Follow me on

Obesity: I Feel The Pain!



Regular readers will appreciate the importance that I have given to pain both as a driver and consequence of weight gain as well as a barrier to treatment.

Just how closely obesity and pain are associated is now documented by Arthur Stone and Joan Broderick from Stony Brook University, NY, in a paper just published in OBESITY.

This study is based on a Gallup ‘poll’ of 1,062,271 randomly selected US individuals surveyed between 2008 through 2010.

BMI and pain yesterday were reliably associated (even when adjusted for a wide range of demographic variables): the overweight group reported 20% higher rates of pain than Low-Normal group, 68% higher for Obese I group, 136% higher for Obese II group, and 254% higher for Obese III group.

All of the tests of association between the pain conditions and BMI groups were significant, with the strongest association for the knee and leg condition.

The association held for both men and women but in women, the trend to more pain as BMI increases was steeper than in men.

The association between BMI and pain increases moving from the younger categories to the older categories; for those in the Obese III group, the odds ratio for the youngest group is 1.72 compared with a ratio of 3.79 for those in the highest age group.

As the authors note,

“The association is robust and holds after controlling for several pain conditions and across gender and age. The increasing BMI-pain association with older ages suggests a developmental process that, along with metabolic hypotheses, calls out for investigation.”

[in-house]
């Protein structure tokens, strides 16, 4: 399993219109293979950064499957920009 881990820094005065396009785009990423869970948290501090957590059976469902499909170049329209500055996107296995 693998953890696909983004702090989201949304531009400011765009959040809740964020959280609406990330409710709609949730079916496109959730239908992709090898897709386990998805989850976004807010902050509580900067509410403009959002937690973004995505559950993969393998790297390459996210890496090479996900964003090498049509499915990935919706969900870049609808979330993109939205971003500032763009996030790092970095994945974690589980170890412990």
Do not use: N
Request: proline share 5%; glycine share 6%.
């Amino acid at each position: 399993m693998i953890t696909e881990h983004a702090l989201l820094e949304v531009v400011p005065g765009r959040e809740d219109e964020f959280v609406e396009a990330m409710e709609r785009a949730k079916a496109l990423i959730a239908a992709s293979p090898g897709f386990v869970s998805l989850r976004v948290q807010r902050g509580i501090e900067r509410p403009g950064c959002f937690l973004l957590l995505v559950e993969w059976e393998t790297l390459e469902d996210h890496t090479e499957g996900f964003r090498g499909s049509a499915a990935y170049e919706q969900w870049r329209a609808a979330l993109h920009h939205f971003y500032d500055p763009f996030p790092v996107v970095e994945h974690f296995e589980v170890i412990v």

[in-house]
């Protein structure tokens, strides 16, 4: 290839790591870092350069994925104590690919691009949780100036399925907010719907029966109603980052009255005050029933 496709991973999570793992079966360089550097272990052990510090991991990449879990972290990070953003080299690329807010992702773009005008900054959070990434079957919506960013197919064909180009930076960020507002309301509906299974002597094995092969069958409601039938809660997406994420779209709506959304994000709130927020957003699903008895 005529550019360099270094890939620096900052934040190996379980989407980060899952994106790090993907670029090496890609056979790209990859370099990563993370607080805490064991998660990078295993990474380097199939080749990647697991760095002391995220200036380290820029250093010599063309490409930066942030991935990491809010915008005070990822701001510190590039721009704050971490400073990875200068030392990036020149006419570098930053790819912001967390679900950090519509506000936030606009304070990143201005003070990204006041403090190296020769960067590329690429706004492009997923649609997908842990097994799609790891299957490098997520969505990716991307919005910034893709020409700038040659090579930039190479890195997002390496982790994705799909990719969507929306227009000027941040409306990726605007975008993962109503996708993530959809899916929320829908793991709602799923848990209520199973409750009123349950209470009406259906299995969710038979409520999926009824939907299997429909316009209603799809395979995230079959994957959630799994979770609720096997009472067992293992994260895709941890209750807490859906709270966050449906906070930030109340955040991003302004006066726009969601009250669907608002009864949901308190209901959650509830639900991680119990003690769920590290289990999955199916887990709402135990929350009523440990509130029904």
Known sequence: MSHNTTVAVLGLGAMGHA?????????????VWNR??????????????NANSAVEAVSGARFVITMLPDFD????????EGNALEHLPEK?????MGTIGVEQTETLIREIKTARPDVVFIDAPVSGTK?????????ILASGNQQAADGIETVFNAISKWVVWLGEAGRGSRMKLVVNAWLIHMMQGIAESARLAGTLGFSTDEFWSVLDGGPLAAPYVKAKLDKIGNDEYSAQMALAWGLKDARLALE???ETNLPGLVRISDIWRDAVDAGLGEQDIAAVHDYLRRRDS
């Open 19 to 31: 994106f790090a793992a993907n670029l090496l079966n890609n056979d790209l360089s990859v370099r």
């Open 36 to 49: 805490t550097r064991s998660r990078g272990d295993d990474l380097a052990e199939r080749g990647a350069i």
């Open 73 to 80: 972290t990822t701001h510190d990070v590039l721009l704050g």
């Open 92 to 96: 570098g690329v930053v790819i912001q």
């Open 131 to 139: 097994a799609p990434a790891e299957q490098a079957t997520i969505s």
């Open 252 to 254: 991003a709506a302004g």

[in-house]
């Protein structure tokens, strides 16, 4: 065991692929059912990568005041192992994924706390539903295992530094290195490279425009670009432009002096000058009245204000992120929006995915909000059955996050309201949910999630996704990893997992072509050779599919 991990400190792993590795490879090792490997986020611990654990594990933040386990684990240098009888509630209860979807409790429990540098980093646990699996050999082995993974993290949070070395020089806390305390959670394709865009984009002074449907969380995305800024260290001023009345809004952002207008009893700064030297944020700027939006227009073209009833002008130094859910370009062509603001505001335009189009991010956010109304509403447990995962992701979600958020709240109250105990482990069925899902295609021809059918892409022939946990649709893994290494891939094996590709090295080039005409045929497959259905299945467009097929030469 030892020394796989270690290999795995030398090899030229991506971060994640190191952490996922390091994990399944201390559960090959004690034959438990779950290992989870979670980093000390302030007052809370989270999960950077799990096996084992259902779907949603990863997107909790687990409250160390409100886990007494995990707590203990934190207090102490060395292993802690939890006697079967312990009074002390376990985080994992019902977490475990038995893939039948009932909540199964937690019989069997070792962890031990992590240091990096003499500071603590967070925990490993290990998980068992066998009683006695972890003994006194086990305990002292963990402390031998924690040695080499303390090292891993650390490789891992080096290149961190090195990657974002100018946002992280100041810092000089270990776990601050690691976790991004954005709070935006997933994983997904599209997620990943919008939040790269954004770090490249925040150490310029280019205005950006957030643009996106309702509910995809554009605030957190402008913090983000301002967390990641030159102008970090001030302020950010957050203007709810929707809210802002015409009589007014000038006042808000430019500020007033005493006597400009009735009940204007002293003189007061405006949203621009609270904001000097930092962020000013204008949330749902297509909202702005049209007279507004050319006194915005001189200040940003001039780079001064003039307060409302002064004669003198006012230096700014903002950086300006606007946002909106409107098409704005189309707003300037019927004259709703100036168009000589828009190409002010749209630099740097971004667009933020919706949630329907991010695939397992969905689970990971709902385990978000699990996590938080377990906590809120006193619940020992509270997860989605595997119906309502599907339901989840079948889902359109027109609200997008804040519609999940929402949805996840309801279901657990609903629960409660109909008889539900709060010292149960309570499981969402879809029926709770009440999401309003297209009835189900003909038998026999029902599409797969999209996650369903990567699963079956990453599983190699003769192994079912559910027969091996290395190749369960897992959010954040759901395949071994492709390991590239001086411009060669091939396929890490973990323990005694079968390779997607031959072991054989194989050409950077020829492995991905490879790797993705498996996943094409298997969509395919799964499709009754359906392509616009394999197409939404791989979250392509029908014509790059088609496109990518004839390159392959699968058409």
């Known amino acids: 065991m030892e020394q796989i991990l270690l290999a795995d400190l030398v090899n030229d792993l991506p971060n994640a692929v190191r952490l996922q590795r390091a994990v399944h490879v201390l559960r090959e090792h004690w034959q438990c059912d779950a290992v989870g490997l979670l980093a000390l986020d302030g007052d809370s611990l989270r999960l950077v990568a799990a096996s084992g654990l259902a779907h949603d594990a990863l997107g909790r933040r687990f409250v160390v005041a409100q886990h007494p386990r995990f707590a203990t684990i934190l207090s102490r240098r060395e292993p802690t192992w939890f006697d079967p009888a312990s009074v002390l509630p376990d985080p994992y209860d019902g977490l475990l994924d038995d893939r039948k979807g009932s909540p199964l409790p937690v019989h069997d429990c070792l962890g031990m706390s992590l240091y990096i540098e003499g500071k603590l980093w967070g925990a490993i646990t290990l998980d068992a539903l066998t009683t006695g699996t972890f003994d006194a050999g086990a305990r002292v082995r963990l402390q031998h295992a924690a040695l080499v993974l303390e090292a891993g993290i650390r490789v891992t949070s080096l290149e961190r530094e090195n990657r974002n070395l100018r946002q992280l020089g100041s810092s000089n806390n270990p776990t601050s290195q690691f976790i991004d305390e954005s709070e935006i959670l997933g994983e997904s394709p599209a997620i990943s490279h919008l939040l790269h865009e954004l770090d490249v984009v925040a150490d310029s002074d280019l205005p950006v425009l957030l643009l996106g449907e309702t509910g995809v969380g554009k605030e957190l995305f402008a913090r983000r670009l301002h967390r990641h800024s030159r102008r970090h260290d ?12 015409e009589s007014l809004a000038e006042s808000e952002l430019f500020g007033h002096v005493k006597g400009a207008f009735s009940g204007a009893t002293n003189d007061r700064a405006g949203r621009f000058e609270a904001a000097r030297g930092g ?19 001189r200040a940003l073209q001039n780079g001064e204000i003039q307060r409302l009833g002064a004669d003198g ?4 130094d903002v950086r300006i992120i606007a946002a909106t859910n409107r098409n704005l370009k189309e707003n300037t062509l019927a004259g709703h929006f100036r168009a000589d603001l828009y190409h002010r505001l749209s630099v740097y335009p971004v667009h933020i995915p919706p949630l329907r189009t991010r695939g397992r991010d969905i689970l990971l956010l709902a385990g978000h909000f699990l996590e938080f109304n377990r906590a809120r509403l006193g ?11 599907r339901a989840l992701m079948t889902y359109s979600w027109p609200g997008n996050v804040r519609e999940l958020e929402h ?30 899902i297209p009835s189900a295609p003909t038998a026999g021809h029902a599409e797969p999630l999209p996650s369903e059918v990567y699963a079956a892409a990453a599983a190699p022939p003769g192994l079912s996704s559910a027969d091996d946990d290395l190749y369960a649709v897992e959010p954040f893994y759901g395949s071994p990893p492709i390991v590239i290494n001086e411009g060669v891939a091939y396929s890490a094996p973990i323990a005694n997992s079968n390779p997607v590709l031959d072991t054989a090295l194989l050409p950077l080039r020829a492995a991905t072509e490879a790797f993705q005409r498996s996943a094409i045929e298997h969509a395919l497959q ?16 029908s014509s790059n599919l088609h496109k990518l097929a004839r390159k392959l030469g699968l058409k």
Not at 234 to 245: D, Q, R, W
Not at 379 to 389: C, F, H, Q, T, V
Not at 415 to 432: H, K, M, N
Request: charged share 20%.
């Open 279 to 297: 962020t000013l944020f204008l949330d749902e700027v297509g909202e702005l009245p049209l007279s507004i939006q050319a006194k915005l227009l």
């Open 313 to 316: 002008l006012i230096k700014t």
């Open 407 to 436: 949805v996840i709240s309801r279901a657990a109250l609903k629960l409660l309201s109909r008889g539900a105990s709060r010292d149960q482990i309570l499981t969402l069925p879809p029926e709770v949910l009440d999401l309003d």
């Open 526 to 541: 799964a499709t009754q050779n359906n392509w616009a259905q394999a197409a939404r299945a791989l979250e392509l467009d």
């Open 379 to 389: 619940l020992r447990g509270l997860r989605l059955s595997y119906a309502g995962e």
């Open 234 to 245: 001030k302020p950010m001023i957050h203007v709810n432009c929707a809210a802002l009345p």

Despite the possible limitations due to the nature of the survey (telephone, self-reported height and weight and pain levels, etc.), the relationship between higher weight and pain is striking.

Assessing for pain (the 2nd ‘M’ or ‘Mechanical’) should be routine part of any exam for obesity and may have to be tackled in any obesity management program.

AMS
Edmonton, Alberta

ResearchBlogging.orgStone AA, & Broderick JE (2012). Obesity and pain are associated in the United States. Obesity (Silver Spring, Md.), 20 (7), 1491-5 PMID: 22262163

.

3 Comments

  1. Nobody wants to exercise when they’re in pain. I know that when I weighed over 400 lbs, I never wanted to exercise, even walking, because my arthritis pain was so bad. After losing around 180 lbs over the last 8 years (80 lbs over the last year and a half), I am more active and more willing to be active as my arthritis pain has been reduced.

    Post a Reply
  2. Perhaps, as a follow-up to these findings, we could explore the reluctance and shame that people struggling with obesity feel when bringing this pain to the attention of their health care providers. My grandmother suffered with advanced osteoarthritis in both knees for the better part of ten years and yet was reluctant to bring it up with her physician. She believed that there was nothing that could be done for her unless and until she lost weight. This, I believe, was the perfect opportunity for her physician to have screened her with respect to the Edmonton Obesity Staging protocol.

    Post a Reply
  3. I was at 260 lbs when I started having knee pains and because of that I was not able to exercise and I kept gaining until I decided to undergo mini gastric bypass surgery to help me lose weight and ease all other complications I was having when I was at 300 lbs. I’m glad I found an alternative to surgery. I did not lose that much but I am still losing and counting. Now at 230, I am able to do simple exercise without hurting my knees and positive that I can get back to my normal weight slowly using the mini gastric bypass alternative.

    Post a Reply

Leave a Reply to Mara Cancel reply

Your email address will not be published.